“Usually I play in church, so when I get with Fresh I try to bring that same feeling — I can’t help it,” says Bearwolfe, dressed all in white, with square, gold-frame glasses in the style once favored by Hammer. “The R&B and gospel’s gonna come out, you know.”
“Let me tell you what really makes this dude important: He’s human,” kicks in Fresh. “When we leave the studio, we don’t talk about music, we talk about life. We have fun. And that carries over to the music.
“You know, we try to give people a whole experience when they listen to our records,” he adds. “Most albums these days have, like, one or two good songs, and the rest is filler. I want them to have a whole experience with the music. That’s how I listen to music, so that’s the way I want my records to be heard. It can’t be just throwaway.”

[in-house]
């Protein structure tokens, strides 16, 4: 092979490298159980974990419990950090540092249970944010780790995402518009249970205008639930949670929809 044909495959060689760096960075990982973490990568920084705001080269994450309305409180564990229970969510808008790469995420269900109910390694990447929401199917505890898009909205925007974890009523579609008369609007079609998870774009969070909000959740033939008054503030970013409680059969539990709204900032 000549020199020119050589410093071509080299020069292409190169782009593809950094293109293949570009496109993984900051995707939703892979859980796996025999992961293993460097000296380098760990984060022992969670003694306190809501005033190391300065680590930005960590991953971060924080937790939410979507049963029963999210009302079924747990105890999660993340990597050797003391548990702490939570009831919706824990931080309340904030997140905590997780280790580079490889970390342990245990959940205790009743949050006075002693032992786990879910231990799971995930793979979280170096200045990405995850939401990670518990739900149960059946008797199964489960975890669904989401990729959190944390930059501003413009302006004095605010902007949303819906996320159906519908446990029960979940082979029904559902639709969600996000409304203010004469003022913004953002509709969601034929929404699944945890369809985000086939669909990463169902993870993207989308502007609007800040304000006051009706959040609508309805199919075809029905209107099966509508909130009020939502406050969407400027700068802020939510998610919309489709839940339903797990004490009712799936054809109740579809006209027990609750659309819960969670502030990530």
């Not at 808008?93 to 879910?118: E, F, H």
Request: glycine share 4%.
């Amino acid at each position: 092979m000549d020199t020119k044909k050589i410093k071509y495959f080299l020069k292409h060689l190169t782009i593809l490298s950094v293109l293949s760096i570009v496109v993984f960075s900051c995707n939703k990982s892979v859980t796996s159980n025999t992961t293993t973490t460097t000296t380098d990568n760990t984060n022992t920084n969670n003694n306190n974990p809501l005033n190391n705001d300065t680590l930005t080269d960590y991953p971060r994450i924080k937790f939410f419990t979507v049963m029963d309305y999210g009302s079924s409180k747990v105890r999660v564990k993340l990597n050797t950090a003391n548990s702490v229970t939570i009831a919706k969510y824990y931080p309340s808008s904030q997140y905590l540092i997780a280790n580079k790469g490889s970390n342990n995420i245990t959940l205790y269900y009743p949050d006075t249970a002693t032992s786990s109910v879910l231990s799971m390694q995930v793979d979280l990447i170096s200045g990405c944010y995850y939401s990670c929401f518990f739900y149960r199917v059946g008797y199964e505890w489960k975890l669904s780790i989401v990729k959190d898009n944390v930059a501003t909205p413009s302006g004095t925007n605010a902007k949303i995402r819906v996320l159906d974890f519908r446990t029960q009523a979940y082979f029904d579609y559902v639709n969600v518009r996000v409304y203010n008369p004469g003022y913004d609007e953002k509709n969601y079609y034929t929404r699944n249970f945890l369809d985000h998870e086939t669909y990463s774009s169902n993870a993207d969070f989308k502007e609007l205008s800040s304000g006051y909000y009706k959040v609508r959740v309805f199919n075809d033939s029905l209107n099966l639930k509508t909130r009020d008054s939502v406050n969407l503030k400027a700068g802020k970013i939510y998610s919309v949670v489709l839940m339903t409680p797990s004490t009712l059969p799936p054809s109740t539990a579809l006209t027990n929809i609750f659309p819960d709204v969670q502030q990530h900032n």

Bearwolfe asks Fresh whether he’s going to put on his jewels when he goes out later tonight. Fresh points to his Rolex and says he doesn’t like to wear the rest of his considerable gold and diamond accouterments. “It’s a little tacky to wear all that stuff,” he says. “That’s just me.”
He pours a drink, flips on MTV and lies back on the crowded bed. “You know,” he goes on, “it’s easy to get caught up in this money, but we ain’t really like that — the money’s just a cool extra thing. I don’t feel comfortable unless I’m doing music. The cars is nice, but I could survive off DJ’ing parties and stuff — it’s a joy to me to do what I really want to do. I want to be able to go home when all this is over and still have New Orleans behind me. That’s the thing you keep — not the money.
“Don’t get me wrong,” he says. “The Cristal and the ice — that’s nice. But if everything fall apart, I’d rather have my city.”